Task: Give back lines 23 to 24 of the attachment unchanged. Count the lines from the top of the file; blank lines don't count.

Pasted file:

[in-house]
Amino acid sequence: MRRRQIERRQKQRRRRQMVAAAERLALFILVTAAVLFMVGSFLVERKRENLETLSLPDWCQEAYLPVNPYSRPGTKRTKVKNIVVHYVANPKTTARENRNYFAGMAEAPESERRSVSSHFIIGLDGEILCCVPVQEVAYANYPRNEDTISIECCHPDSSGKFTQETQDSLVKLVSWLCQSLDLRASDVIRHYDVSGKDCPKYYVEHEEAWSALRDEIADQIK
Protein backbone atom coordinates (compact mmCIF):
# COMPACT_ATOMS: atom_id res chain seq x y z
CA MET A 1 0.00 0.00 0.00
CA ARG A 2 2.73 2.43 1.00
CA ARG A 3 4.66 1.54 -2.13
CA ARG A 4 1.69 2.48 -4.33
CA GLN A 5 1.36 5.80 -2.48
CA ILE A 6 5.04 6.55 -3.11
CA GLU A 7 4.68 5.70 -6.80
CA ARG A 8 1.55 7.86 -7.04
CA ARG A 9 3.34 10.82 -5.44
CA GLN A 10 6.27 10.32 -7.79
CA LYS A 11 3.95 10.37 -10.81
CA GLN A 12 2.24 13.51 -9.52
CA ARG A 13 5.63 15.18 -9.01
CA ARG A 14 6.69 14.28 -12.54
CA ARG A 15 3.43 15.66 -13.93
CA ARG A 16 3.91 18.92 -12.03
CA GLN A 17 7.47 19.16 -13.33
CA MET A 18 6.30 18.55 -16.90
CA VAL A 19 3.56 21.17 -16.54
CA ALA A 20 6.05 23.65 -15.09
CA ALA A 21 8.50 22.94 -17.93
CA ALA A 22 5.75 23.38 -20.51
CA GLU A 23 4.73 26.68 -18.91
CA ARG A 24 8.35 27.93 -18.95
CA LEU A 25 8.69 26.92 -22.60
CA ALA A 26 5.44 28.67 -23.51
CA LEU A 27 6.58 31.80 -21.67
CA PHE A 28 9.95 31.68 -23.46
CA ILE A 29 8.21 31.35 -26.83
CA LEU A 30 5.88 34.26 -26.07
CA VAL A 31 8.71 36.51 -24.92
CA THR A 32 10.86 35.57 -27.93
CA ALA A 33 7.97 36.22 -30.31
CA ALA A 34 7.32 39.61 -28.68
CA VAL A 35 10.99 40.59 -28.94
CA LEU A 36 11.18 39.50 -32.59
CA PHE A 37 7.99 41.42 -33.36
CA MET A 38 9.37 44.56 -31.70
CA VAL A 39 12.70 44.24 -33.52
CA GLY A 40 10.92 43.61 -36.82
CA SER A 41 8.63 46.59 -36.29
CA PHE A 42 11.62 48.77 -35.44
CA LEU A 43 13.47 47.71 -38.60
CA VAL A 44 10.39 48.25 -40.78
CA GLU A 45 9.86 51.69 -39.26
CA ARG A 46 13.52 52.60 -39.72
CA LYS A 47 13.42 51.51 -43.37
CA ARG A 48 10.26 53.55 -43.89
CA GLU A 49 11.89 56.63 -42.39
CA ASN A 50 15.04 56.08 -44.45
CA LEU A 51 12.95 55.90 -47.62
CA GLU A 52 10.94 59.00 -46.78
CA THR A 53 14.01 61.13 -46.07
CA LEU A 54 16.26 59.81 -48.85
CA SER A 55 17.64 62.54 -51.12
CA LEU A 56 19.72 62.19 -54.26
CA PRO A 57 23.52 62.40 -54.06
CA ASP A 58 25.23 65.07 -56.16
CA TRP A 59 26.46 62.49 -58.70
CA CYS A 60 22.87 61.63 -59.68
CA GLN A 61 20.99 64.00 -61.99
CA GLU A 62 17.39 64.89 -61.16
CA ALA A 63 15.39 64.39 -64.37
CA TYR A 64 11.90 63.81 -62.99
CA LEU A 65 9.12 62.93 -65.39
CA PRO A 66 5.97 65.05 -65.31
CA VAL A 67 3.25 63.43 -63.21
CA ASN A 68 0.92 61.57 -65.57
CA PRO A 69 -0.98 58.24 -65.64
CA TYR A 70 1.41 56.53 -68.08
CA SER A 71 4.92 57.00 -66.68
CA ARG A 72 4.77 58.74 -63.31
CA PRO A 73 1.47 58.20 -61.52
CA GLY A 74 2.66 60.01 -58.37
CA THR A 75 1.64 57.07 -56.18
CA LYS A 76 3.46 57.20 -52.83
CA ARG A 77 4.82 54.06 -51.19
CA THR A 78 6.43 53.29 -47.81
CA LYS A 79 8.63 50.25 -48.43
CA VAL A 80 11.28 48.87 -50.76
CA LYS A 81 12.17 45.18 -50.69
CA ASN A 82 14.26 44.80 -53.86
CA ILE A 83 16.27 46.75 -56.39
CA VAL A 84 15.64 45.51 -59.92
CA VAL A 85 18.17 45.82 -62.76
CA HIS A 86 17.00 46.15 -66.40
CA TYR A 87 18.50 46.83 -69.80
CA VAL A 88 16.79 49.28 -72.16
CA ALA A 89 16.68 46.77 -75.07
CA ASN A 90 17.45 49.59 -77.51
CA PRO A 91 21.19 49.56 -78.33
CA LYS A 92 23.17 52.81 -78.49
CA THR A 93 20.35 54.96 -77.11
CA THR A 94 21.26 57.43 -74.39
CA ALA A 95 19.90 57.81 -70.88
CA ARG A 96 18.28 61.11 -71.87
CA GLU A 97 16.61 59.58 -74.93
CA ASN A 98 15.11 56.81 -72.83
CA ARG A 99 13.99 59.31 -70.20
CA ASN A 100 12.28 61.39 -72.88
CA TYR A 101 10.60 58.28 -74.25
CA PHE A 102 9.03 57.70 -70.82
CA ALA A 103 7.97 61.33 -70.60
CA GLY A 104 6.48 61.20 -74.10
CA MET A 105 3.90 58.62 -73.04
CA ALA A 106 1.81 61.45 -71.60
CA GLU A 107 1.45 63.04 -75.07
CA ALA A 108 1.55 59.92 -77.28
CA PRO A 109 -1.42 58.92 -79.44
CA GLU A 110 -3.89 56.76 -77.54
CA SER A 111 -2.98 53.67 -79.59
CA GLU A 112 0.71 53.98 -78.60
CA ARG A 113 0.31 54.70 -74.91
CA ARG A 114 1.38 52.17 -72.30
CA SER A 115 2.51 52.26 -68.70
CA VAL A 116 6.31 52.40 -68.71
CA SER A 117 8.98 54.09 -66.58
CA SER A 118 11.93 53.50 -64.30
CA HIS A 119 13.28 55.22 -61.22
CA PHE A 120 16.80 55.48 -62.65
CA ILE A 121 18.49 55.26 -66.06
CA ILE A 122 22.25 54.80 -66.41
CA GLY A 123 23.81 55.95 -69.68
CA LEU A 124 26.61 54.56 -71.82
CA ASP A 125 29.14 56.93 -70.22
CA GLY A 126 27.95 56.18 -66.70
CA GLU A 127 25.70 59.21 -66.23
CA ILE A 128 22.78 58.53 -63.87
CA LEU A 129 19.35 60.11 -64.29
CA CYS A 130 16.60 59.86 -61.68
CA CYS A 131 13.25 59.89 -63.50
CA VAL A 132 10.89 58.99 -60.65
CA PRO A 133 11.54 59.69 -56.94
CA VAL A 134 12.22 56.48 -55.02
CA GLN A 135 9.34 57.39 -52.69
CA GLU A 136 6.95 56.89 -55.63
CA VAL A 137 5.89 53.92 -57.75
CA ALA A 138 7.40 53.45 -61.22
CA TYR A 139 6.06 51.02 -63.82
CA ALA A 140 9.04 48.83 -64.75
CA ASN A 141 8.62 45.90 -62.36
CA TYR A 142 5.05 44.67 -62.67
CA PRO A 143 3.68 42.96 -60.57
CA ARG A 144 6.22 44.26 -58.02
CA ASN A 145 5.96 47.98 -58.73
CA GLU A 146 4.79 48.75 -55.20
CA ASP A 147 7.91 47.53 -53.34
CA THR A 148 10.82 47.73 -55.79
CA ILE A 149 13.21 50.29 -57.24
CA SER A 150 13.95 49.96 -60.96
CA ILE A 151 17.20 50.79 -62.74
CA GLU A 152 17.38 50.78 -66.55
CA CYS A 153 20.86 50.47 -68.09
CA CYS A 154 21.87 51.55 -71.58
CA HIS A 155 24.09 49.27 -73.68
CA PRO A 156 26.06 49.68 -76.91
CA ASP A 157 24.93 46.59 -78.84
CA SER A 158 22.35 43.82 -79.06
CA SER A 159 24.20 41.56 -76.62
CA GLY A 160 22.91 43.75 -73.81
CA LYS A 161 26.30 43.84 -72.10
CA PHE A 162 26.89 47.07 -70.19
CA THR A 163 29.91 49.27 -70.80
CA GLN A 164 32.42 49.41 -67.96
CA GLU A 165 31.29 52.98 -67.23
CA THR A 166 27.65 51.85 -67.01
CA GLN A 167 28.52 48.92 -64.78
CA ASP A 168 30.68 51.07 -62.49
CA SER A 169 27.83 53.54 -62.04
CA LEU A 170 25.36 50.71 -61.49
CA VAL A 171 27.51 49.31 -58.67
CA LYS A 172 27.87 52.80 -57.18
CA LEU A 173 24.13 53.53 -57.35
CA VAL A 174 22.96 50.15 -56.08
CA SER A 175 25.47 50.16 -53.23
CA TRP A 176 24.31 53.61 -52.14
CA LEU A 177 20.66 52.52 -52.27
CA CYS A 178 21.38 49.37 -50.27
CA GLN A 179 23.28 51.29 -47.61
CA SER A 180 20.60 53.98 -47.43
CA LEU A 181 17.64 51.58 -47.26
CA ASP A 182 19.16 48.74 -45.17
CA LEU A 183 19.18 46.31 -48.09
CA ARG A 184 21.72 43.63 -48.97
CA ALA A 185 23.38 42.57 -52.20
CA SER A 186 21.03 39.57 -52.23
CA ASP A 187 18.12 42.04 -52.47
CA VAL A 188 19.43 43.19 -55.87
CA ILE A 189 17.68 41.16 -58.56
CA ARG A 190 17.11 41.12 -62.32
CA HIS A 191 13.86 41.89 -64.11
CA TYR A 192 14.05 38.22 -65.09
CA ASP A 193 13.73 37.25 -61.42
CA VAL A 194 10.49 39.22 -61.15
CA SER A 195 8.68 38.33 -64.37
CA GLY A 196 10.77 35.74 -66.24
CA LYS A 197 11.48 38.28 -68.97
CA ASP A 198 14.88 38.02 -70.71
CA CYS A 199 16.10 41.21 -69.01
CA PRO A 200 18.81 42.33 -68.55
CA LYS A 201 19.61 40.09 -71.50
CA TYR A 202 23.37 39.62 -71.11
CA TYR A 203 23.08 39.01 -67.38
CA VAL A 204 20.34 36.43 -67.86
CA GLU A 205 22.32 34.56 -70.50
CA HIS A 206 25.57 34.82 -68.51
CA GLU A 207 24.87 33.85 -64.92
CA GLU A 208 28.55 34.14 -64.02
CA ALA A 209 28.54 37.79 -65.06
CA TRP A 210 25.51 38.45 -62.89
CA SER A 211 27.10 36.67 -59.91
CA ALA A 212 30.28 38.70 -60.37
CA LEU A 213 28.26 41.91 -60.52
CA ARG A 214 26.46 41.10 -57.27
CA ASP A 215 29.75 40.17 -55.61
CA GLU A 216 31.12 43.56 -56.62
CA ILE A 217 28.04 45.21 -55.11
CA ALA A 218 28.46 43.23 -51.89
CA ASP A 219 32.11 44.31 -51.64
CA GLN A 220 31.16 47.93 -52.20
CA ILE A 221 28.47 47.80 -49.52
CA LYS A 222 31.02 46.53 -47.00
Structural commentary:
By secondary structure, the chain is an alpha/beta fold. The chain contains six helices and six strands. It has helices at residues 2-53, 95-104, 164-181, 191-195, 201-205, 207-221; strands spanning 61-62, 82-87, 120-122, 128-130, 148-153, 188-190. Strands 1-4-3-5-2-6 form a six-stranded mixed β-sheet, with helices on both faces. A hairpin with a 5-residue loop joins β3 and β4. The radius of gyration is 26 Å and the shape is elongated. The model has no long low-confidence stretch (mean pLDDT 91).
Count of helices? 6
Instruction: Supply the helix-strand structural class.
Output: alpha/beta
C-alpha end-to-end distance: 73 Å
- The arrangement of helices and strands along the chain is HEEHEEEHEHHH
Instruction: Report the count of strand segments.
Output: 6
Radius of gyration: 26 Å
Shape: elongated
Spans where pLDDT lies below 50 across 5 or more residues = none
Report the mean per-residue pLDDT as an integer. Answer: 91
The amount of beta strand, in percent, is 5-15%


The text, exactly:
CA VAL A 19 3.56 21.17 -16.54
CA ALA A 20 6.05 23.65 -15.09